On March 24, authorities charged Rabah with participation in the activities of an extremist group, in connection with the arrest of Kriket made in a Paris suburb last week.

Aboubakar A

Authorities arrested Abubakar in a car in Brussels on March 24, charging him with participation in the activities of an extremist group.

Abderamane A

Authorities detained Abderamane after an arrest operation in the Schaerbeek district of Brussels. Armed forces shot him in the legs at a tram stop on March 25. Authorities charged him in connection with the foiled France attack. French authorities jailed him for seven years in 2005 and banned him from entering the country for life after being found guilty of playing a role in the assassination of an Afghan commander in 2001.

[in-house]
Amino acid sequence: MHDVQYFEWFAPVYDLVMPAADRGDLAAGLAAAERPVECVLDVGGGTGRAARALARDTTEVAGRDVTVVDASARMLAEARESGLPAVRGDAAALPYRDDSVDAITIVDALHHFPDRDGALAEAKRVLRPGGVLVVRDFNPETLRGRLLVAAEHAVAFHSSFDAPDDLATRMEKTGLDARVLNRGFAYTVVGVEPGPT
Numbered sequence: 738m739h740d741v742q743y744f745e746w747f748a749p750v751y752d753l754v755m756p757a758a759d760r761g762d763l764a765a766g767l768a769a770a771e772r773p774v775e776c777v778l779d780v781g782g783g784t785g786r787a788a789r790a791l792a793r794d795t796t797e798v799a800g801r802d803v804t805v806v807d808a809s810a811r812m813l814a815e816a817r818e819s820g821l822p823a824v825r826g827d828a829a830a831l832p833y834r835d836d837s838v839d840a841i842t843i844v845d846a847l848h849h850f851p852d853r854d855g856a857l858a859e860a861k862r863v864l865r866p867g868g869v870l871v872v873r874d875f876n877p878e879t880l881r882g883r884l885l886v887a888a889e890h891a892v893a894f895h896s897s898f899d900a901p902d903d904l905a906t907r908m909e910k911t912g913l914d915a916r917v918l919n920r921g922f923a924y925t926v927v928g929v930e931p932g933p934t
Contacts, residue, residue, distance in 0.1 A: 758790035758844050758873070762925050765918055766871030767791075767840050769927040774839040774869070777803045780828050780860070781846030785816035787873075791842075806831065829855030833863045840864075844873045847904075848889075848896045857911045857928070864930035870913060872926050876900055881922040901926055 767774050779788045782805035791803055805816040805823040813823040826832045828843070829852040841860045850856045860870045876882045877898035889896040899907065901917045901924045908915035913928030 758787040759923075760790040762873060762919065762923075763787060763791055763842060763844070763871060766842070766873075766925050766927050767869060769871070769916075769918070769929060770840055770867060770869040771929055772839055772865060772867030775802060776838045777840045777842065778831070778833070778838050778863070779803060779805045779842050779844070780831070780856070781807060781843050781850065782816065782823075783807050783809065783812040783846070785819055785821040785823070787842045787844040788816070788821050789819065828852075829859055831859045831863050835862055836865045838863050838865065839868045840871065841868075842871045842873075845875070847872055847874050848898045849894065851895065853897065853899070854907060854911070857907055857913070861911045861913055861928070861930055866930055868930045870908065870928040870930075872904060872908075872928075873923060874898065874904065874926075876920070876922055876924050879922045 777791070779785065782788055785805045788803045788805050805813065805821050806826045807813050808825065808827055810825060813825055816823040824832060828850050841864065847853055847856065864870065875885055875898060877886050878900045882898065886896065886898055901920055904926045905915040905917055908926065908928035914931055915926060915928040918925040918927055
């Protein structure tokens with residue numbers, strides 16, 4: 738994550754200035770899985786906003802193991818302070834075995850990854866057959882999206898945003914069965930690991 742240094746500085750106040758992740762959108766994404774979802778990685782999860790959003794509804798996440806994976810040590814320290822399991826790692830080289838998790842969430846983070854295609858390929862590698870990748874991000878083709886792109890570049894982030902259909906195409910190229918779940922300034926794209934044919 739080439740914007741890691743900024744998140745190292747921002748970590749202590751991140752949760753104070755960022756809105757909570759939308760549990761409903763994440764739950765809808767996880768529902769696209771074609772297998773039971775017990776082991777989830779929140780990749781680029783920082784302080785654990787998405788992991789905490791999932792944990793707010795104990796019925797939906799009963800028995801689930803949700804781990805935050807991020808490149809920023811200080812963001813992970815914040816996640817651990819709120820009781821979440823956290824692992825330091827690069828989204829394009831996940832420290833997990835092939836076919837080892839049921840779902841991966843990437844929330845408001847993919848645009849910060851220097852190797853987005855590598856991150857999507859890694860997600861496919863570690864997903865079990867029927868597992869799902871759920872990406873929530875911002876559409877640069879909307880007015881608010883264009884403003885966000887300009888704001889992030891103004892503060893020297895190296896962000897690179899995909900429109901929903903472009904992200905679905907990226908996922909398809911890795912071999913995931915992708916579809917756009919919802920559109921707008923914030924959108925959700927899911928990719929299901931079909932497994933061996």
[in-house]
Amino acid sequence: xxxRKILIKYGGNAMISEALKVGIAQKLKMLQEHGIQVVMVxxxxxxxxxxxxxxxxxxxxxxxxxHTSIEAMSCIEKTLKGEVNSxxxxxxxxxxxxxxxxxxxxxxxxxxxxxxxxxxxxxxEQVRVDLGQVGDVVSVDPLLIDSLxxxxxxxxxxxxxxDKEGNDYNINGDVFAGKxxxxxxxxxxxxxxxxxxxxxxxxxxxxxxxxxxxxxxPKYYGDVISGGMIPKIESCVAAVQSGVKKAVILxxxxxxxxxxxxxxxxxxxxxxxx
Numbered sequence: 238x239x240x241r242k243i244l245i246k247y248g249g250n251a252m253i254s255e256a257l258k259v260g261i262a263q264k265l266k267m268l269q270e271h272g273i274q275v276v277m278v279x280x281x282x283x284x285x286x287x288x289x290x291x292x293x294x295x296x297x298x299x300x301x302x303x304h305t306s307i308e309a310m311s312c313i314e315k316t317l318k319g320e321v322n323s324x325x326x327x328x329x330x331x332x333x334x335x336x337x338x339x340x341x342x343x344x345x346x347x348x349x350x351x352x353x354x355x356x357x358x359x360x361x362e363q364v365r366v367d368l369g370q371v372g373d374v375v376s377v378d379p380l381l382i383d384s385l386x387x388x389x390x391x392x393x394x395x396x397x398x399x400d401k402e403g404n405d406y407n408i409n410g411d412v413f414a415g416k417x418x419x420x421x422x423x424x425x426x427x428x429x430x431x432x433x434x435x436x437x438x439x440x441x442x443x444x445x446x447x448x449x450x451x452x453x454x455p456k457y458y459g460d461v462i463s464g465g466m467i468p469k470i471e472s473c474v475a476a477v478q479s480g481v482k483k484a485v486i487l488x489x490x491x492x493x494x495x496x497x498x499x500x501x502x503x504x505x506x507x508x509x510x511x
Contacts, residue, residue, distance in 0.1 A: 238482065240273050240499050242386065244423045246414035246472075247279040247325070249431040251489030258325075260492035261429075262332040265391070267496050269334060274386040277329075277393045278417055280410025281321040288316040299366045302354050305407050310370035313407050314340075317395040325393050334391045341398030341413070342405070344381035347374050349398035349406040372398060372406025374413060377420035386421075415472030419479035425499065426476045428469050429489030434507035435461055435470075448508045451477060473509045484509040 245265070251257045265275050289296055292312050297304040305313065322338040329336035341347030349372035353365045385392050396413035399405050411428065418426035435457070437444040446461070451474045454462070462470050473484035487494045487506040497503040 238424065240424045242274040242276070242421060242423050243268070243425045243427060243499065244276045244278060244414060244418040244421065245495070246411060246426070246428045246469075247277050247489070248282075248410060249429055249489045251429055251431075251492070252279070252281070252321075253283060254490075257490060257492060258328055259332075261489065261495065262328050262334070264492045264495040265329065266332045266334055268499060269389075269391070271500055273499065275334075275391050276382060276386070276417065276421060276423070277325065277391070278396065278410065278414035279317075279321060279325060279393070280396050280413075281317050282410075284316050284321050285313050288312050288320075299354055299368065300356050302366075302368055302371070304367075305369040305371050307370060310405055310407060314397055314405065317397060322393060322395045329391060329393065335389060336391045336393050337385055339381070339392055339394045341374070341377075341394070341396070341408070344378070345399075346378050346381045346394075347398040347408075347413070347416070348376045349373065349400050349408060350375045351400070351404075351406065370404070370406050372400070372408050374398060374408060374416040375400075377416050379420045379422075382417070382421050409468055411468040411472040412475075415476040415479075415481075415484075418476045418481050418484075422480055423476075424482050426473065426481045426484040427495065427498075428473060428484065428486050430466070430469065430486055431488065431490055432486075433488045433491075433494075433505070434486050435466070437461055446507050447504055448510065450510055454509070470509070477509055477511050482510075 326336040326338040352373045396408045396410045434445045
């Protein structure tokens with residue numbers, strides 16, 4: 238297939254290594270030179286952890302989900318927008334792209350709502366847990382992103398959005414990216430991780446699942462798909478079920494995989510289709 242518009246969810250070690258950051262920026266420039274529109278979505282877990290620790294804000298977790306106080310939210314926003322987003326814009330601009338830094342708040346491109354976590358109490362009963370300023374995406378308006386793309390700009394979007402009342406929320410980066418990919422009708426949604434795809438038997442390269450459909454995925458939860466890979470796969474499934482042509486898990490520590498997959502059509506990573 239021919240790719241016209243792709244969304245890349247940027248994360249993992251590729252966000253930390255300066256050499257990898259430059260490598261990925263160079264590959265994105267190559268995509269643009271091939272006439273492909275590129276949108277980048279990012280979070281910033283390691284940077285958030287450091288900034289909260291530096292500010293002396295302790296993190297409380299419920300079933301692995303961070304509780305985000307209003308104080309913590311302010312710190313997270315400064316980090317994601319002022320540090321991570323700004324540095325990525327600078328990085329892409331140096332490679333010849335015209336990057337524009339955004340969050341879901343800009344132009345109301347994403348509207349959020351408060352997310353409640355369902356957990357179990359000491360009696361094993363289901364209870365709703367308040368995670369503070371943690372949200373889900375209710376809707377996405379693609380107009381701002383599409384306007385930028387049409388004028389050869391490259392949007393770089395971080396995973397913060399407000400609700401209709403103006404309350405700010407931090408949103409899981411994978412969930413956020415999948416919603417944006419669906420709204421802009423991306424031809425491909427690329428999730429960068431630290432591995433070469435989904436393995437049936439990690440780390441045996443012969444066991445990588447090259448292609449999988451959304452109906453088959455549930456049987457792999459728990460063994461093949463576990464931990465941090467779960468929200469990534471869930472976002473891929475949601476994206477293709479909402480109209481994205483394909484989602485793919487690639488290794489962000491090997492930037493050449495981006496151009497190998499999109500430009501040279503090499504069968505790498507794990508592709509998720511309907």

'Amine Choukri'

Authorities arrested this man, whose true identity remains unknown, on March 18 along with Abdeslam. He used a fake Belgian identity card naming himself as "Amine Choukri" and a fake Syrian passport named as "Monir Ahmed Alaaj." German police stopped and checked him with Abdeslam in October 2015 near Ulm. Belgian authorities arrested him in Molenbeek in the same raid to capture Abdeslam and charged him with "terrorist murder" in connection with the Paris attacks.

Yassine A

Belgian authorities arrested Yassine in raids conducted on March 27. They charged him with belonging to an extremist group.

Mohamed B

As above, Belgian authorities arrested Mohamed in raids carried out on March 27. They charged him with belonging to an extremist group.

Aboubaker O

As with Yassine and Mohamed, Belgian authorities arrested Aboubaker in raids conducted on March 27. They charged him with belonging to an extremist group.

Unidentified, 32